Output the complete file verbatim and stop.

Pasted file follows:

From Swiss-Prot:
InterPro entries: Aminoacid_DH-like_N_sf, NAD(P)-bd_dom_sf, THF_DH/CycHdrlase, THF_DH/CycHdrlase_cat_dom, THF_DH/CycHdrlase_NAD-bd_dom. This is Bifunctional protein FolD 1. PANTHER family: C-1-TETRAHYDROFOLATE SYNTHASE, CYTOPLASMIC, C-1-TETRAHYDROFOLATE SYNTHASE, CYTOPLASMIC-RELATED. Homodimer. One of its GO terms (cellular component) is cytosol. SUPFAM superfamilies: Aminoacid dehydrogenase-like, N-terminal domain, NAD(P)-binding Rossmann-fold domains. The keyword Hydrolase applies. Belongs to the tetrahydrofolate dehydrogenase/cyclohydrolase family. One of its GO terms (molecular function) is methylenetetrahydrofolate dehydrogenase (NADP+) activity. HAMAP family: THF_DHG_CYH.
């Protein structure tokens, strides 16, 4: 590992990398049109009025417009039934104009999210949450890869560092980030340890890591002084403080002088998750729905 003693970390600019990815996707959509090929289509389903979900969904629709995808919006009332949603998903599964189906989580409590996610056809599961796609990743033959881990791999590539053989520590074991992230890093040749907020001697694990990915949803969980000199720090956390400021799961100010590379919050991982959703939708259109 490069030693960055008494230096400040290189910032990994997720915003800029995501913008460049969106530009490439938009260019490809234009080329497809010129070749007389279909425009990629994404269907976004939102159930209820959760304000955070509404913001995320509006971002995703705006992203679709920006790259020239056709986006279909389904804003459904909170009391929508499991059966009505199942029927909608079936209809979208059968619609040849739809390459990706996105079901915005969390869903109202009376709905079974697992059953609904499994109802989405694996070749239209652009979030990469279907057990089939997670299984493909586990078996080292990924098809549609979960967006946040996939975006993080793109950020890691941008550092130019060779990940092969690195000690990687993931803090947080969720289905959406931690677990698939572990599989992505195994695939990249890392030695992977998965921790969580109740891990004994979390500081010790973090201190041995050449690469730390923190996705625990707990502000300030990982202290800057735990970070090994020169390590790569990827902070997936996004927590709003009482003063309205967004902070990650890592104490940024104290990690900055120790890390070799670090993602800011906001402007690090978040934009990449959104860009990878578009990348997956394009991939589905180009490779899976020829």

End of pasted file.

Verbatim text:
From Swiss-Prot:
InterPro entries: Aminoacid_DH-like_N_sf, NAD(P)-bd_dom_sf, THF_DH/CycHdrlase, THF_DH/CycHdrlase_cat_dom, THF_DH/CycHdrlase_NAD-bd_dom. This is Bifunctional protein FolD 1. PANTHER family: C-1-TETRAHYDROFOLATE SYNTHASE, CYTOPLASMIC, C-1-TETRAHYDROFOLATE SYNTHASE, CYTOPLASMIC-RELATED. Homodimer. One of its GO terms (cellular component) is cytosol. SUPFAM superfamilies: Aminoacid dehydrogenase-like, N-terminal domain, NAD(P)-binding Rossmann-fold domains. The keyword Hydrolase applies. Belongs to the tetrahydrofolate dehydrogenase/cyclohydrolase family. One of its GO terms (molecular function) is methylenetetrahydrofolate dehydrogenase (NADP+) activity. HAMAP family: THF_DHG_CYH.
């Protein structure tokens, strides 16, 4: 590992990398049109009025417009039934104009999210949450890869560092980030340890890591002084403080002088998750729905 003693970390600019990815996707959509090929289509389903979900969904629709995808919006009332949603998903599964189906989580409590996610056809599961796609990743033959881990791999590539053989520590074991992230890093040749907020001697694990990915949803969980000199720090956390400021799961100010590379919050991982959703939708259109 490069030693960055008494230096400040290189910032990994997720915003800029995501913008460049969106530009490439938009260019490809234009080329497809010129070749007389279909425009990629994404269907976004939102159930209820959760304000955070509404913001995320509006971002995703705006992203679709920006790259020239056709986006279909389904804003459904909170009391929508499991059966009505199942029927909608079936209809979208059968619609040849739809390459990706996105079901915005969390869903109202009376709905079974697992059953609904499994109802989405694996070749239209652009979030990469279907057990089939997670299984493909586990078996080292990924098809549609979960967006946040996939975006993080793109950020890691941008550092130019060779990940092969690195000690990687993931803090947080969720289905959406931690677990698939572990599989992505195994695939990249890392030695992977998965921790969580109740891990004994979390500081010790973090201190041995050449690469730390923190996705625990707990502000300030990982202290800057735990970070090994020169390590790569990827902070997936996004927590709003009482003063309205967004902070990650890592104490940024104290990690900055120790890390070799670090993602800011906001402007690090978040934009990449959104860009990878578009990348997956394009991939589905180009490779899976020829």